By Rita Wong
96 pages; $18.95
Reviewed by Cole Mash
In her poem “The Wonders of Being Several,” Rita Wong quotes Louis Pasteur, writing, “the role of the infinitely small, is infinitely large.” This quotation rings especially true of Wong’s new collection undercurrent. Though it spans only 96 pages, make no mistake—the book is immense.
Wong turns her socially conscious verse to defending the water which shaped her life. Wong writes that the Bow River—which runs through Calgary where she grew up—“taught [her] the power of water from an early age.” Since then, Wong has published three books of poetry including the critically acclaimed forage (2007) which won the 2008 Dorothy Livesay Poetry Prize and Canada Reads Poetry 2011. Wong now teaches at Emily Carr in the unceded Coast Salish lands known as Vancouver.
undercurrent is a lament for the “mostly unseen” strife of the water, and an exploration of its complexity. We do not look out our bedroom window and see the waste in The Kettle River or the great Pacific garbage patch, and their devastating effects, but it does not mean it isn’t there. Though she admits, ironically, that she never learned to swim, the water has taught Wong wisdoms which she graciously extends to us via the page: in “Declaration of Intent,” she writes, “i hereby honour what the flow of water teaches us/the beauty of enough.” Wong has learned what she wants us all to know: that we need to stop taking from something that gives so much; we must take care of the world’s most precious asset, fresh and salt alike.
undercurrent comes out of Wong’s community work in Vancouver, and her collaboration with The Downstream Project, an organization dedicated to preserving natural resources and raising awareness through the arts and technology. Wong’s undercurrent gives that water a voice through poetry, both subtly and forthright, throughout the book. She does so through smaller gestures such as referring to the ocean as simply “ocean” (a proper name with the Marlattian lower case Wong almost exclusively employs) as though it were a person that the beach sleeps beside. Often poems in the book are dedicated to bodies of water such as “Unsung Service,” which is dedicated to the Fraser River, also known as Sto:lo in the Indigenous language Halkomelem. Many of her poems, including the first poem in the book “Pacific Flow,” take on the shape of water, and often have two currents of stanzas running down the page. The poem “Fresh Ancient Ground” reminds us not to forget that global change is possible and that “we are capable of it, if we care to try.” Wong recounts the long history of the water before us, and how someday it will again outlast us in “The Sea Around us, The Sea Within Us,” writing that “both the ferned & the furry, the herbaceous & the human, can call the ocean our ancestor.”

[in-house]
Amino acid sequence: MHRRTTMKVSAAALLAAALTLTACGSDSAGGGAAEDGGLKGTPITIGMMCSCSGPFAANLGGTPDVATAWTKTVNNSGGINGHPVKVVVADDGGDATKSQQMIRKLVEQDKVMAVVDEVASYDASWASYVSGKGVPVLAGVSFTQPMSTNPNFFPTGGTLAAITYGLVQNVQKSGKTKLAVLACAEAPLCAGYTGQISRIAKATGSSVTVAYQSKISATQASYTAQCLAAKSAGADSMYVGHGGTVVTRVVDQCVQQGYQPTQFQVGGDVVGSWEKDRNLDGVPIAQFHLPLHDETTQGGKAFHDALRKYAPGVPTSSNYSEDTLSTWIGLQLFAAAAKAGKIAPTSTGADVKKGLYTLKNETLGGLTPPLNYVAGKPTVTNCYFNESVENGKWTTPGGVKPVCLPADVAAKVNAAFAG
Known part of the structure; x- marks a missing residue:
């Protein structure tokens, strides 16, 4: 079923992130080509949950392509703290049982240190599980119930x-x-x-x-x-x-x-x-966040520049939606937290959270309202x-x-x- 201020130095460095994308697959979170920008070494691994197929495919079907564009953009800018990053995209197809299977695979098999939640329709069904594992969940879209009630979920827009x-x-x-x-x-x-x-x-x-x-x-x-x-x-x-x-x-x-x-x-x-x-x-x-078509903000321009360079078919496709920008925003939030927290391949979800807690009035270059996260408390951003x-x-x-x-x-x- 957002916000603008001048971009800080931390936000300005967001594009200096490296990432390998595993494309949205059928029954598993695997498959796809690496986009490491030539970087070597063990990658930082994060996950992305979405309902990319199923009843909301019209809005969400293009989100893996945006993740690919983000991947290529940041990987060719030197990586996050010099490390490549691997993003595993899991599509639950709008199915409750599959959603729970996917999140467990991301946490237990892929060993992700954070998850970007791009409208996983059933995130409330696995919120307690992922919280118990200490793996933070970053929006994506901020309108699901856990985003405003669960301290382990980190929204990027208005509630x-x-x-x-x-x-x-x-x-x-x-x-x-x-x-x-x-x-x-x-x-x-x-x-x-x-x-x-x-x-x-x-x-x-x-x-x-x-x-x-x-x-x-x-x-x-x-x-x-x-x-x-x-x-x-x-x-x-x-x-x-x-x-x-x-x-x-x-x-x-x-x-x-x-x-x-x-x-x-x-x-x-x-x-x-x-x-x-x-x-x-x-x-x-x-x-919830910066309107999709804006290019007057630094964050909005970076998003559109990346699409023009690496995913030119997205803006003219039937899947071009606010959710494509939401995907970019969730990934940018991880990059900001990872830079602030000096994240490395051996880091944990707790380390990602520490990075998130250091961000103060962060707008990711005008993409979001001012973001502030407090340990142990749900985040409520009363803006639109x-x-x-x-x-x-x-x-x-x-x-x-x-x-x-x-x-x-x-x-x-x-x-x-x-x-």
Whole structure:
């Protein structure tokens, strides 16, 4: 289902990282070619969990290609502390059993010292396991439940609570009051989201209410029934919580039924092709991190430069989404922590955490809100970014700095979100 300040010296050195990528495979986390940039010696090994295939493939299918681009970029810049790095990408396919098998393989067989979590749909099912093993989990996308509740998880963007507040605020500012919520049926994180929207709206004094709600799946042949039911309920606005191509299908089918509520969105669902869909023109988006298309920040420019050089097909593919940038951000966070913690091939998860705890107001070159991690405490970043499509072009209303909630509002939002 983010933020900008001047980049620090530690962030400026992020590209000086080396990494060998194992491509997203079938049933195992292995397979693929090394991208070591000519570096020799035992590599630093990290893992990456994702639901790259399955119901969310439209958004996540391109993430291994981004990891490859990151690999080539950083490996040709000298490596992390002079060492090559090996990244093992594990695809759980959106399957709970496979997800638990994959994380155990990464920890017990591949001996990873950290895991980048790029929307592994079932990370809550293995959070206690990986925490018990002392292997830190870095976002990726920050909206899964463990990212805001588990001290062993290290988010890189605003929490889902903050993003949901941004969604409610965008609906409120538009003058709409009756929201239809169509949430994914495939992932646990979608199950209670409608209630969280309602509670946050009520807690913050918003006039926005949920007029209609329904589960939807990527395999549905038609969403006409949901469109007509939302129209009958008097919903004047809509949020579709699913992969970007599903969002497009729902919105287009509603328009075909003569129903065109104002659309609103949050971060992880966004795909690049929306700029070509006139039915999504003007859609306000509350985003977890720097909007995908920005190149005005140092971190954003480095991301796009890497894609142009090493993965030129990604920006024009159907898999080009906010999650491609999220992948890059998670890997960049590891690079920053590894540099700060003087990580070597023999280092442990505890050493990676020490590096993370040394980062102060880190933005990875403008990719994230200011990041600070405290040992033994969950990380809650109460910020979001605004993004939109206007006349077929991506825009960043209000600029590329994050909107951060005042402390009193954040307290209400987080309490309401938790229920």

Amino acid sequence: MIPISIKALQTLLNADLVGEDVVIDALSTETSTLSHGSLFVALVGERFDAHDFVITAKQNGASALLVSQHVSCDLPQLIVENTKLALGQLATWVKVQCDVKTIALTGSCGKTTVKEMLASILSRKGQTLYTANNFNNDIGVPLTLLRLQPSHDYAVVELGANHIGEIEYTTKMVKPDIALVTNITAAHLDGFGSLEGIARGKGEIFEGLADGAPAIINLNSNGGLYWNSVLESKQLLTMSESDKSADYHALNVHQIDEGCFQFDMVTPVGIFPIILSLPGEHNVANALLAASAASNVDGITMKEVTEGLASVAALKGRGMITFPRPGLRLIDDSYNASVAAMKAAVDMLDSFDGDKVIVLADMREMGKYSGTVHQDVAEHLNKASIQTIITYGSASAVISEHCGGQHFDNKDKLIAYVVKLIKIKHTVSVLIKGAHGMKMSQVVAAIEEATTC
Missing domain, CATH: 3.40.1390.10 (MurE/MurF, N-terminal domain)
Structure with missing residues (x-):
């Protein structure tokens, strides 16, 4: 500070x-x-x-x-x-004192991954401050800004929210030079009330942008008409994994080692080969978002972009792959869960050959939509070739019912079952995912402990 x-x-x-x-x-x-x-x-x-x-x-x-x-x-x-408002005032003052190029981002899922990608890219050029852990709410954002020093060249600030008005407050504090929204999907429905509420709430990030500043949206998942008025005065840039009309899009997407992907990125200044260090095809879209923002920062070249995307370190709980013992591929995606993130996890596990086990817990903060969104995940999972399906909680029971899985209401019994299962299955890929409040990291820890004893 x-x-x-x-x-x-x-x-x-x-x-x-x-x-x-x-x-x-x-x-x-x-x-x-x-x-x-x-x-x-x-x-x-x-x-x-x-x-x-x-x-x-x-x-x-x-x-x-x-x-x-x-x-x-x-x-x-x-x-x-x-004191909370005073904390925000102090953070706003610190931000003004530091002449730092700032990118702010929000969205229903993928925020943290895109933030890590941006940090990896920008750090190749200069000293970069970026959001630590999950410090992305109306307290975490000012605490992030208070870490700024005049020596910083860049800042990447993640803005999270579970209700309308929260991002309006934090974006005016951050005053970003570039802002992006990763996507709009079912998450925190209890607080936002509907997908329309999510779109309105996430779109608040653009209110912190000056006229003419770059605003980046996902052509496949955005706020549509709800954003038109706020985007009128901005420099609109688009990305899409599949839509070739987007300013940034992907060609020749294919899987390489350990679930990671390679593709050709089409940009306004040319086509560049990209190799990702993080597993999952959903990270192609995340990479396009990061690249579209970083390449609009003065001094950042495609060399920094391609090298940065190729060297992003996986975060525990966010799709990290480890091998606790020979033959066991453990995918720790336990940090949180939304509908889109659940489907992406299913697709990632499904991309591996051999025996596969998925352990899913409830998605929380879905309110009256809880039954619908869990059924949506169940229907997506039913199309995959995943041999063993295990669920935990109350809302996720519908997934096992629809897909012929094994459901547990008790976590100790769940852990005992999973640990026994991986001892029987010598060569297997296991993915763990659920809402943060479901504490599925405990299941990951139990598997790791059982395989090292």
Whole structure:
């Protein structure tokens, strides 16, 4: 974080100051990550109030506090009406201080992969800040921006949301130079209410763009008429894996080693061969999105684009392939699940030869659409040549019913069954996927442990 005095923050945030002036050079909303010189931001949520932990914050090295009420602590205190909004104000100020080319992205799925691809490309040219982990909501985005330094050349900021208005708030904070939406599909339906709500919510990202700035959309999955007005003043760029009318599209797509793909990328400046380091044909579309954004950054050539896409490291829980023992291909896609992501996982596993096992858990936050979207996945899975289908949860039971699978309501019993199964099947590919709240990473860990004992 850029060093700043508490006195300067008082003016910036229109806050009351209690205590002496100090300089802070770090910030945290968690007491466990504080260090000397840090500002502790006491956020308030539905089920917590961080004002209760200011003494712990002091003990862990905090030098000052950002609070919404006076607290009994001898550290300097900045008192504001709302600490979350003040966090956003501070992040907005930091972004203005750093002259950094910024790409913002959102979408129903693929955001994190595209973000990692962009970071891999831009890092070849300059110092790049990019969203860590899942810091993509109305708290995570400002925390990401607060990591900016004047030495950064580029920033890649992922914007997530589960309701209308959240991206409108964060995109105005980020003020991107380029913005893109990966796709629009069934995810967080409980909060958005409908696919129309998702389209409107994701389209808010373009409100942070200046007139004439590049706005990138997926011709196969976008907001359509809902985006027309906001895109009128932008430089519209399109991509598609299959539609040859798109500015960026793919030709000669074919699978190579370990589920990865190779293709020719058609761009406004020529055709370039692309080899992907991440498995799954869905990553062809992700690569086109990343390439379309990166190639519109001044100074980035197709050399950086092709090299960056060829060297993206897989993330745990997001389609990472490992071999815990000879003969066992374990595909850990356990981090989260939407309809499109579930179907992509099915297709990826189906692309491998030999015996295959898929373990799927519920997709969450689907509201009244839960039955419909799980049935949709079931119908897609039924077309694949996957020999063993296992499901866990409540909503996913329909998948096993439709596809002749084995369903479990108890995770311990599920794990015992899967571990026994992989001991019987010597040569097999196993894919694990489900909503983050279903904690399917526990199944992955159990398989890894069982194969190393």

Wong continues to work in a variety of forms, which is in part what has always made her work so fresh. Much like in forage, there are relevant quotations running along the bottom and in the margins of many poems in undercurrent. Wong continues to mix English with Cantonese and Indigenous languages, bringing the book to life through an untranslated cultural confluence. Wong employs structural idiosyncrasies as simple as right alignment rather than left, or, like in the poem “Detritus,” having the text run perpendicular to the right and left margins. Perhaps the most interesting formal innovation is the addition of italic prose embedded in a number of poems, telling self-reflexive anecdotes that allow us to think through and about water alongside Wong.
I found Wong’s book to be the perfect balance of ethical philosophy and poignant lyrics, reminding us of our duty to protect the primordial soup from which we came, and doing so with words that delight and dance on our tongue. The point of Wong’s book is not to wag fingers—and make no mistake, fingers should be wagged—but to inform and illuminate, and instill hope. The book seeks to remind us that there is still time to save the planet, and that “what you cannot do alone, you will do together.”
Cole Mash holds a Bachelor’s Degree in Creative Writing and English from UBC’s Okanagan campus, and his poetry has previously been published in UBC Okanagan’s Papershell Anthology and The Eunoia Review.